Introducing Proof at A-Level

We are almost one year in to the teaching of the new A-Levels in Mathematics and Further Mathematics. The first overarching theme of the new A-Level (as identified in the subject content guidance from the DfE) is “Mathematical Argument, language and proof” as shown below.

Screenshot 2018-06-18 10.26.51

There is a greater focus on this than there used to be and it is something students often struggle with.

To begin with I normally try to link back to the kind of thing they may have seen at GCSE Higher, for example proving properties of products/sums of even numbers. A typical question on this at GCSE would be something similar to “Prove that the sum of four consecutive numbers is always even”.

To move on from this I often use the card sort resource below.

Screenshot 2018-06-18 10.52.49

The idea for this is that students work in groups to discuss the 12 statements and sort them into always, sometimes or never true. Some of these are harder than others, and listening in to their conversations is particularly interesting and can provide a good idea of how quickly to move on with the class.

This activity can be downloaded here.

This activity is one of many included in the new book on proof that I have co-authored for Tarquin Group. The book is called “Understanding Proof” and is available from the publisher here.

Screenshot 2018-06-18 13.40.06

If you are interested in this book the voucher code PROOF718 will give you a £5 discount when ordered from Tarquin direct (it should work till the end of July. This code will infect work for anything in the Tarquin A-Level range – I hope this tempts people. We are proud of this book and I would love to hear any readers’ thoughts.

Sorry that this post has ended with a bit of a plug for a paid-for book…. I’d love you to comment on how you introduce the concept of proof at A-Level.

Anscombe’s Quartet – Again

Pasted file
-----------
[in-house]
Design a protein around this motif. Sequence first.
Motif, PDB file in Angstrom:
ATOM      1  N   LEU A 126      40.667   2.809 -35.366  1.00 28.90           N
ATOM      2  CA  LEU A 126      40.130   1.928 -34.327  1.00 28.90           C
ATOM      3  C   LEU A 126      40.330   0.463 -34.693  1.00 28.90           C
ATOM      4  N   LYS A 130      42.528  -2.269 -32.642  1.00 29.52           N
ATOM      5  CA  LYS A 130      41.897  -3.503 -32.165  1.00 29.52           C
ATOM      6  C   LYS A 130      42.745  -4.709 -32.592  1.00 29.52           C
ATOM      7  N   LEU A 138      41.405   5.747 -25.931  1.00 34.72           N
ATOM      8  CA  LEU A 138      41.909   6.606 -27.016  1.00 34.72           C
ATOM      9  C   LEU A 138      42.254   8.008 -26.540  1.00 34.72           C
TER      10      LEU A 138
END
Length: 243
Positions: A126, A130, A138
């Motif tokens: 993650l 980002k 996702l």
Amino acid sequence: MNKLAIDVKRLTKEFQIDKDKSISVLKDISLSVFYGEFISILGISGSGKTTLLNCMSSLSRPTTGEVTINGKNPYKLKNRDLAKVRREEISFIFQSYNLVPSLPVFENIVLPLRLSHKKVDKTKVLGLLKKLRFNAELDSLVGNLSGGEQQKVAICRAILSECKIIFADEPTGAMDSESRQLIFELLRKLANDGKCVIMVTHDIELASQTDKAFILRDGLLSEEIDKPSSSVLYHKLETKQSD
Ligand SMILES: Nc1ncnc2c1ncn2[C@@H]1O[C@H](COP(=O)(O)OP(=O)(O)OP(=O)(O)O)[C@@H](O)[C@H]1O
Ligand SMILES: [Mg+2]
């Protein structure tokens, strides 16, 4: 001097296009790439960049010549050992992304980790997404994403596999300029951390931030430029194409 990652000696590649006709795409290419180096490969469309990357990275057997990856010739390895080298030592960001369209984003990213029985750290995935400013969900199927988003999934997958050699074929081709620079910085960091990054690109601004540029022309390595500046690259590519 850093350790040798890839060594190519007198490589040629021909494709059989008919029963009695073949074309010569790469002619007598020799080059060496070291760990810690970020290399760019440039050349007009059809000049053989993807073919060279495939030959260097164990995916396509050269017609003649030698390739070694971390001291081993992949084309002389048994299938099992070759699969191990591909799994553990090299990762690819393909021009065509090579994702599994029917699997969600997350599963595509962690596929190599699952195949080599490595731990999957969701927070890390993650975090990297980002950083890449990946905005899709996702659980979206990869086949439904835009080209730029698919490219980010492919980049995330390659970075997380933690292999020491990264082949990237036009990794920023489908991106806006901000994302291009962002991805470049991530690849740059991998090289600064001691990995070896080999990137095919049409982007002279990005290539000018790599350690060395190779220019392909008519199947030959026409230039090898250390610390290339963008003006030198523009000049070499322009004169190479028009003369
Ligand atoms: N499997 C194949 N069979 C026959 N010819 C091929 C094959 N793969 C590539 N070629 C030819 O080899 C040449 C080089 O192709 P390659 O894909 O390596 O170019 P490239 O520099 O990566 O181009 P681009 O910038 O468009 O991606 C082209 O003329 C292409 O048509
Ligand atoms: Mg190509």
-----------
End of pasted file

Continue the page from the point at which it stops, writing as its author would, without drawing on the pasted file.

Back in 2015 I posted about Anscombe’s Quartet here. I have finally gotten round to doing something that I had planned to do back then.

I have written a small Geogebra applet that allows students to visualise the four datasets that comprise Anscombe’s Quartet and change the number of decimal places displayed.

The applet is hosted on my website and can be accessed here.

I hope it is useful..

Happy Christmas

Happy Christmas everyone!! I hope you have all had a fantastic day 😉

Inspired by James Tanton’s (@jamestanton) “Personal Polynomial” I have a small Christmas message encoded in the polynomial below:

The file available here contains the definition of the polynomial which would certainly be helpful.

Christmas Calculated Colouring

I know this will be too late for some people to use – sorry I am struggling to stay on top of things at the moment.

Here is this year’s Christmas calculated colouring. It’s slightly easier than the previous one with less regions so that it should be able to be completed in a single lesson.


Here is the image and questions to download:



I hope you enjoy it 🙂

Learned Societies and Professional Associations

Recently the Mathematical Association (MA) have proposed the merger of the MA, the Association of Teachers of Mathematics (ATM), the Association of Mathematics Education Teachers (AMET), the National Association of Mathematics Advisors (NAMA) and the National Association for Numeracy and Mathematics in Colleges (NANAMIC).

The MA is inviting comments on this here.

Please, please make your voice heard!

Below, are a few personal thoughts – this started as a comment but then seemed too long.

I am completely in favour of the associations merging. A few thoughts are below.

  1. The current situation results in a pretty fragmented state of affairs. There is lots of overlap between the aims of the associations and I think having multiple organisations put out responses to consultations is resulting in a diluted voice. Since organisations such as the NCTM in the US show how successful a large representative organisation can be.